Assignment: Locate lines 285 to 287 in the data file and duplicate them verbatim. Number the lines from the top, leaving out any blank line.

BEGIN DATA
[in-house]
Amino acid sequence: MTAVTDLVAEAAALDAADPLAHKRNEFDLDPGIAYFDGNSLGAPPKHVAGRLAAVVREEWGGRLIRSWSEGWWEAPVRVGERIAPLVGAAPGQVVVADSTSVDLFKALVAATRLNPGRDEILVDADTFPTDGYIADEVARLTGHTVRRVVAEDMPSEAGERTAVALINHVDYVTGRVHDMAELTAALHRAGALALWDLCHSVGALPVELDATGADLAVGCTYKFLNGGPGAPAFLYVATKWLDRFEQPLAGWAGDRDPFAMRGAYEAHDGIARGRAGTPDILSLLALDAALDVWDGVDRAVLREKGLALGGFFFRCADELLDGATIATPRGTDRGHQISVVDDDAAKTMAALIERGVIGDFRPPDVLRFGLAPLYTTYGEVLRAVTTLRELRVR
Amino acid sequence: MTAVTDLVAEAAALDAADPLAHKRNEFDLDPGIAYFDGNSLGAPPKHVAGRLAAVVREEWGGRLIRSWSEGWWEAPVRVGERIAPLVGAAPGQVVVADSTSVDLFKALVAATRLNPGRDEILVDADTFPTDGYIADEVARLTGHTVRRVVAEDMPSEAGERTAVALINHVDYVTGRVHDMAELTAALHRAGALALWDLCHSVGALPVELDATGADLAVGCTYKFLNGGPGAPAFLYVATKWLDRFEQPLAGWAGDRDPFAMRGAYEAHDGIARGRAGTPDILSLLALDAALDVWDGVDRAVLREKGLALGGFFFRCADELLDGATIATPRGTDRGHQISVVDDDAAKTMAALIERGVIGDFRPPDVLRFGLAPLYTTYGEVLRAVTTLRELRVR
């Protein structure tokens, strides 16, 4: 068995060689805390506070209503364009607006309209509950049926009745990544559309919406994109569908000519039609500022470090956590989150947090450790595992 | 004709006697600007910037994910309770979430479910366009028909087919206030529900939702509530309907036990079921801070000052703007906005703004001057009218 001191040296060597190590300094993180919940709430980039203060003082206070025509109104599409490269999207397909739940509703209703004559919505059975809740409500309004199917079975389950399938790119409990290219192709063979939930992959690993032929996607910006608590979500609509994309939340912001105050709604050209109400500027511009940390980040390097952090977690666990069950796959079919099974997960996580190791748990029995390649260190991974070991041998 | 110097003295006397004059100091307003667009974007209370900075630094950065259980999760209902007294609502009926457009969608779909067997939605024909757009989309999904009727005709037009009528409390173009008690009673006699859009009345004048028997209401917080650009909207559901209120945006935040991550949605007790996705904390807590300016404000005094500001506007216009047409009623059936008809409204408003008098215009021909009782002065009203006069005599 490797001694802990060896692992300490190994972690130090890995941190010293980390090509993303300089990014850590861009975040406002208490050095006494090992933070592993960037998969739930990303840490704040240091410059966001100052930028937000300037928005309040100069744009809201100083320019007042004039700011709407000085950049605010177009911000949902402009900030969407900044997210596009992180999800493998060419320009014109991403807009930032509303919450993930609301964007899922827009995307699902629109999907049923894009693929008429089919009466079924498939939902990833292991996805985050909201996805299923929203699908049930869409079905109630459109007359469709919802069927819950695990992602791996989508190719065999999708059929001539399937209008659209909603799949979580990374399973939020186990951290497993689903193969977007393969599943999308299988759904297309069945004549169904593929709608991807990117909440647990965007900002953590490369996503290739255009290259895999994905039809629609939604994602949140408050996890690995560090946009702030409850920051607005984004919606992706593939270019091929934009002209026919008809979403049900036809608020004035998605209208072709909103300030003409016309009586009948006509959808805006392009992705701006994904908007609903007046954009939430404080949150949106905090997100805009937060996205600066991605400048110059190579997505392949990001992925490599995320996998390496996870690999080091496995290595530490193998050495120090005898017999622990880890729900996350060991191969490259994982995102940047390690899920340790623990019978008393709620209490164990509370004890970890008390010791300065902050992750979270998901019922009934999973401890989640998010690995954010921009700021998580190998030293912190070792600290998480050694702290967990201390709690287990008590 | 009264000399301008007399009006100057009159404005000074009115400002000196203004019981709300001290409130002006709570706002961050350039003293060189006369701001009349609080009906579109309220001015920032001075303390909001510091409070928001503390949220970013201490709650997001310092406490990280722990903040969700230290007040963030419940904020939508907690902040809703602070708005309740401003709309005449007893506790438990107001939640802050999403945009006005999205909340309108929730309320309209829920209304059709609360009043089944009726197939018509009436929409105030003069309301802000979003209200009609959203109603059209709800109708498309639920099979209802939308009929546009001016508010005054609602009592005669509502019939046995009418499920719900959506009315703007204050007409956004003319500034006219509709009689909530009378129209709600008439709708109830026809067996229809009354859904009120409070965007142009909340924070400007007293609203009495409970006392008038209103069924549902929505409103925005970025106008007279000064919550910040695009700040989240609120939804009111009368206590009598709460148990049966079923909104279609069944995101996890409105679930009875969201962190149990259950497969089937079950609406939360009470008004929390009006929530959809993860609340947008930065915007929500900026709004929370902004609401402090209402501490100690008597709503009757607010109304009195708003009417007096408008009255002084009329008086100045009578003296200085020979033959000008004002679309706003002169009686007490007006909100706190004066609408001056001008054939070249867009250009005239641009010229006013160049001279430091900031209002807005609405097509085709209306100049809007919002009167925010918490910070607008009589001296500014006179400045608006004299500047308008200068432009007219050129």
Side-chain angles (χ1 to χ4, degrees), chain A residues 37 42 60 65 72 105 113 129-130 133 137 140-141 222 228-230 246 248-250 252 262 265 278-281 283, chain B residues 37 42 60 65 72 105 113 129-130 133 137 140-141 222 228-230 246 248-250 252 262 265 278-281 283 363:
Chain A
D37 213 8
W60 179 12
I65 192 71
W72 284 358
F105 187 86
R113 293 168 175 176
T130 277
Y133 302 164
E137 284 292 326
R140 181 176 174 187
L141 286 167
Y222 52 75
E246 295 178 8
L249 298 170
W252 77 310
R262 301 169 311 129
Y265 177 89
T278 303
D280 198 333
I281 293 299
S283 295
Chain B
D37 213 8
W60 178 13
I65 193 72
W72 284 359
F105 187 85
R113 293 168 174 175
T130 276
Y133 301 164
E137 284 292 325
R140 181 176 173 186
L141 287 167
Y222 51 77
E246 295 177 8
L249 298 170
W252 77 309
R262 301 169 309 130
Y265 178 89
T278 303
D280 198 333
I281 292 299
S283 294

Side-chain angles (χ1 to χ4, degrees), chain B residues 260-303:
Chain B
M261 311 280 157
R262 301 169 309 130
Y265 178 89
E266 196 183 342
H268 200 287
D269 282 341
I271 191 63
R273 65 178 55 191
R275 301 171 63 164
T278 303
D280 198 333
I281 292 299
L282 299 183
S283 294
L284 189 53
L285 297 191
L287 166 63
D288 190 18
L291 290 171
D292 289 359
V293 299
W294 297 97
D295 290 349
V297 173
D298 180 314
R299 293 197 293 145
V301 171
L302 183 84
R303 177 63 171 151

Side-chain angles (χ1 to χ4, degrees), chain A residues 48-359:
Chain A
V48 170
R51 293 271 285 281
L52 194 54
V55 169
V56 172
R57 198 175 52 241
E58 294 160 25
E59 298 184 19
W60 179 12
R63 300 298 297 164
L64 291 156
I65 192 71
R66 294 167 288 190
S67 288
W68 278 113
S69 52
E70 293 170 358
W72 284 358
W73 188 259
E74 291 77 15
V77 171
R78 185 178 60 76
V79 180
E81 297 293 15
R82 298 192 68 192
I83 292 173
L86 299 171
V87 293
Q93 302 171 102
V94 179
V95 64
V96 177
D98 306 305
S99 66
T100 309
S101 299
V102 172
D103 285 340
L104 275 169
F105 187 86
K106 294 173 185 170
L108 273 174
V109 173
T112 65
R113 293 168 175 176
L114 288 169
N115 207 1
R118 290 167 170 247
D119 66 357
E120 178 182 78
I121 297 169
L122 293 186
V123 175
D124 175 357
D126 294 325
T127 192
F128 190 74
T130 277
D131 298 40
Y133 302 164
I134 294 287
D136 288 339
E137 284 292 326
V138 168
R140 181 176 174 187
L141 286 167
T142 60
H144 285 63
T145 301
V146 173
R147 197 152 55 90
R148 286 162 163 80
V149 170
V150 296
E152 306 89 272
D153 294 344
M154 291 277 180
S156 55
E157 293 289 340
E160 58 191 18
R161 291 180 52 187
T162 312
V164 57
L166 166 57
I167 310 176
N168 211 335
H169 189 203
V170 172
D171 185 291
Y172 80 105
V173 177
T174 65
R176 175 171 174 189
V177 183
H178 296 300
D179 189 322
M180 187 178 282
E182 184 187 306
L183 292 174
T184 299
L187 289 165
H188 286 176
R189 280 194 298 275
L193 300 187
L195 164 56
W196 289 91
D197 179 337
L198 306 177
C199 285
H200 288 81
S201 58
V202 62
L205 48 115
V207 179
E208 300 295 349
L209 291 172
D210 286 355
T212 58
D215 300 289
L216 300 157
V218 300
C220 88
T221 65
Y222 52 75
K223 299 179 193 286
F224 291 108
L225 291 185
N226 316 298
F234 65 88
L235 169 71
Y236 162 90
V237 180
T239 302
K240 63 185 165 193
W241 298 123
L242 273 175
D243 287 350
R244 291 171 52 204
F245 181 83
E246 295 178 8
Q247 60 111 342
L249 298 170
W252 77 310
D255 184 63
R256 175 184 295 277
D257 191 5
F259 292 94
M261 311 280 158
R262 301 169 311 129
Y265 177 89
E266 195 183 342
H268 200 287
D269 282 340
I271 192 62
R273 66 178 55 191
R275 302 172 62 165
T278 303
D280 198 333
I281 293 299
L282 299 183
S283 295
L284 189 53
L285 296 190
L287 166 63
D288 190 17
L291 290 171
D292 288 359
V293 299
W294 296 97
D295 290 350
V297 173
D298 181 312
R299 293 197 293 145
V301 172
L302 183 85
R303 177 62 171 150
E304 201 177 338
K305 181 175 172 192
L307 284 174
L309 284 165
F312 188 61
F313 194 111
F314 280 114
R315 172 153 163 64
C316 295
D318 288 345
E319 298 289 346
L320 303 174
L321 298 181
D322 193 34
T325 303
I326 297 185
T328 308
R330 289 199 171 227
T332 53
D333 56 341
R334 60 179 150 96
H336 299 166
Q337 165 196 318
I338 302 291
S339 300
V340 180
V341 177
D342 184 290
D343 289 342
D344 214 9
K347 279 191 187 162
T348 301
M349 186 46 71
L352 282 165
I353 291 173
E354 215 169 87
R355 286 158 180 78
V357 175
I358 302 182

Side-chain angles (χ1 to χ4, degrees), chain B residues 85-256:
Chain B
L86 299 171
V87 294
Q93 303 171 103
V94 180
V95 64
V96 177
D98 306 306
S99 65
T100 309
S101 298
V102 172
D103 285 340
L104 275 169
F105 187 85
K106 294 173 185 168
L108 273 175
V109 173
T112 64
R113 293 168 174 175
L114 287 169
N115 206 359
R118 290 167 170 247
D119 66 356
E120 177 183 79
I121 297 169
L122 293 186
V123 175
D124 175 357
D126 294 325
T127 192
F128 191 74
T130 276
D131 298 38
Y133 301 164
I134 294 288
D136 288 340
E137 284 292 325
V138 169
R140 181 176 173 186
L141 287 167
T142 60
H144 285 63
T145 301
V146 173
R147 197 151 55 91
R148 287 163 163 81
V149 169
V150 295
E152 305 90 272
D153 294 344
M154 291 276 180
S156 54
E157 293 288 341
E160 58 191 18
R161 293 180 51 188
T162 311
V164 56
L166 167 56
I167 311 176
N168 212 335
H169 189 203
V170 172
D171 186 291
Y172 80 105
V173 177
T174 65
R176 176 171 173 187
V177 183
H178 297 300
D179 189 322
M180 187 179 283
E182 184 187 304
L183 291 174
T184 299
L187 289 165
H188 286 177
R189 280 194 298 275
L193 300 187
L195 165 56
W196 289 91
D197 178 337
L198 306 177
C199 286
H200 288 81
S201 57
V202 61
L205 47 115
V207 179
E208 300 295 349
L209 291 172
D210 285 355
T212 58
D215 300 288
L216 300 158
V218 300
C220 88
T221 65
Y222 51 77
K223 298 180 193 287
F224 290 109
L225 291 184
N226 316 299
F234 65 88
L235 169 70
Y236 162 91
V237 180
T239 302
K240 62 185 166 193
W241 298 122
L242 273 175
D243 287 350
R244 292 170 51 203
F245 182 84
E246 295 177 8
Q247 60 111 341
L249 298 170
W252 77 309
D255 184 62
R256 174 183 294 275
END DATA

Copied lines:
V341 177
D342 184 290
D343 289 342